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Noteworthy News

Here you will find a general hodge podge of news items running the gambit from news about anthrax, chemtrails, global warming, and GMO to RFID chips and much more. Whether it's good, bad or ugly, you'll find it here. If you share our links with friends please be kind and mention where you found the link. Thank for visiting Reliable Answers Noteworthy News. Join us on Facebook for more news.


      
 Title   Date   Author   Host 

by B. Christopher Agee

June 1, 2014

Western Journalism has covered the ongoing push among leftist California bureaucrats to include health warning labels on sugary drinks sold in the state.

After failing to attract legislative support for a soda tax last year, state Sen. Bill Monning backed a bill that would spell out what many would conclude are the obvious results of overindulging in such beverages. That proposal moved forward last week when the California Senate Appropriations Committee voted in favor of the warning label implementation.

May 12, 2014

Congressman Trey Gowdy (R-SC) turned the tables on the media and asked them questions about Benghazi . The silence was deafening.

Best video clip I've seen in months. I hope you watch it ~ it's only 3 minutes. The Media should be embarrassed by Congressman Trey Gowdy's questions. Oh, you will like this one. This is most certain the most embarrassing event that has occurred in the last 16 months. The burden falls on the media who have not done anything to investigate this. If I were to measure BIG events the media touted in the Last 40 years, I would rank this above the Nixon Watergate Scandal!!! So - why has this gone for over a year without a peep from the media??? You tell me!!!

January 7, 2014

Forty-three years after the mysterious theft of up to 1,000 documents from an FBI office outside Philadelphia, three former political activists are publicly confessing to the brazen burglary, calling it an act of "resistance" that exposed "massive illegal surveillance and intimidation." "We did it ... because somebody had to do it," John Raines, 80, a retired professor of religion at Temple University, said in an interview with NBC News. "In this case, by breaking a law - entering, removing files - we exposed a crime that was going on. ... When we are denied the information we need to have to act as citizens, then we have a right to do what we did."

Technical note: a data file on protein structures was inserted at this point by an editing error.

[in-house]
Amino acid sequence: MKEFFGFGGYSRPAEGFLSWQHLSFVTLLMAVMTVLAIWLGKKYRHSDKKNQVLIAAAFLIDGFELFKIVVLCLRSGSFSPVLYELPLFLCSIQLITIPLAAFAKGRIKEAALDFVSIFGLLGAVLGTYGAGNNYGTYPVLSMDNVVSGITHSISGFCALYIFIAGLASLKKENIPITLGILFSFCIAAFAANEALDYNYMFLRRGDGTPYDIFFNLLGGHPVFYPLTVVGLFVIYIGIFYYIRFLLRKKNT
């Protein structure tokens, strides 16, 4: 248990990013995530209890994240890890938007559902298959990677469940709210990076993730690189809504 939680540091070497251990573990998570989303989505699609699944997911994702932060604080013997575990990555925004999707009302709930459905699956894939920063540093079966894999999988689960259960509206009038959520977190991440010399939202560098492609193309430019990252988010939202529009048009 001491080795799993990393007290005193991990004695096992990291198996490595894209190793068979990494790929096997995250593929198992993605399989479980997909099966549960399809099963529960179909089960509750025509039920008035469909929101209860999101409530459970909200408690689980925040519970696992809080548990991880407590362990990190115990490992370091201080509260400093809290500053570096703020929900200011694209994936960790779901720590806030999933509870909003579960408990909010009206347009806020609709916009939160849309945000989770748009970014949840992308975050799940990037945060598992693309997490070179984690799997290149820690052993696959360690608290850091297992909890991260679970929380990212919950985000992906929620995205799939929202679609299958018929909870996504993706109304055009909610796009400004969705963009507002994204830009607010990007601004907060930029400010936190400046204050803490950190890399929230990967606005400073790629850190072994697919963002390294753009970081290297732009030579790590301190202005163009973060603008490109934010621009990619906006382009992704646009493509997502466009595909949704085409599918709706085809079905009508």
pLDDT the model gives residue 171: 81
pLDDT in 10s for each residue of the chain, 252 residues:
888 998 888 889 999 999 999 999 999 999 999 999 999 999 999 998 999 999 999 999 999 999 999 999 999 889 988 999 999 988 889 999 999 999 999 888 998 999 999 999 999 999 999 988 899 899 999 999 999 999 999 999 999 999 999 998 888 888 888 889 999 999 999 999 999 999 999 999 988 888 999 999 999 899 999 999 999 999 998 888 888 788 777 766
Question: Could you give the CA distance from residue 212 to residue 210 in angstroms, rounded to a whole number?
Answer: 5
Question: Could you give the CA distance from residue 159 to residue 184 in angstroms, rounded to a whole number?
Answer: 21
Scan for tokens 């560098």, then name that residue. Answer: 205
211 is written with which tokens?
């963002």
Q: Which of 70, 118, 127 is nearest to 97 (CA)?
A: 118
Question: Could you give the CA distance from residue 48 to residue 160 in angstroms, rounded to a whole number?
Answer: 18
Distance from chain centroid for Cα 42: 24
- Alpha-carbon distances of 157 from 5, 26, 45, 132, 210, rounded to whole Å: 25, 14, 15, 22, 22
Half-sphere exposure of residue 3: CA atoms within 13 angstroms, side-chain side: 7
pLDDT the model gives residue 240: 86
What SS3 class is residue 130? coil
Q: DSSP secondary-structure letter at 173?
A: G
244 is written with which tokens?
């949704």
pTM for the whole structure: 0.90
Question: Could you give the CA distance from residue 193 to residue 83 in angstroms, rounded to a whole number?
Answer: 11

by Carlos Miller

September 16, 2013

A bizarre video from Ohio is quickly going viral on Youtube, showing a cop holding three citizens at gunpoint (or maybe it was just a Taser) for apparently asking him to move from their driveway.

But that is just based on the Youtube description. It's still not exactly clear what took place before the video to prompt such a hostile reaction from the cop, but several witnesses can be heard calling 911, so you can imagine how out of control the cop appeared to be. Noticing the witnesses, the Washington Township cop orders them back inside their homes, which is a common police tactic when they are committing unlawful acts.

by Matt Miller

August 14, 2013

The damage wasn't justified, especially since her husband, who police were seeking, wasn't even at home, Michelle Thompson claims.

Michelle Thompson tells a horror story in a lawsuit she has filed in Dauphin County Court more than a year after a heavily-armed state police Special Emergency Response Team raided her Hummelstown-area home. The police aren't the heroes of her account. They are the villains, destructive ones at that.

July 13, 2013

Brooke Mueller is in grave danger of losing her parental rights of her twins with actor Charlie Sheen.

Social workers have determined that the troubled socialite ditched the sober living facility where she was seeking treatment and is now renting a nearby beach cottage in San Clemente, Calif., so her boyfriend can visit, a source revealed. Mueller, 35, has temporarily lost custody of Bob and Max, four, while attempting to get clean.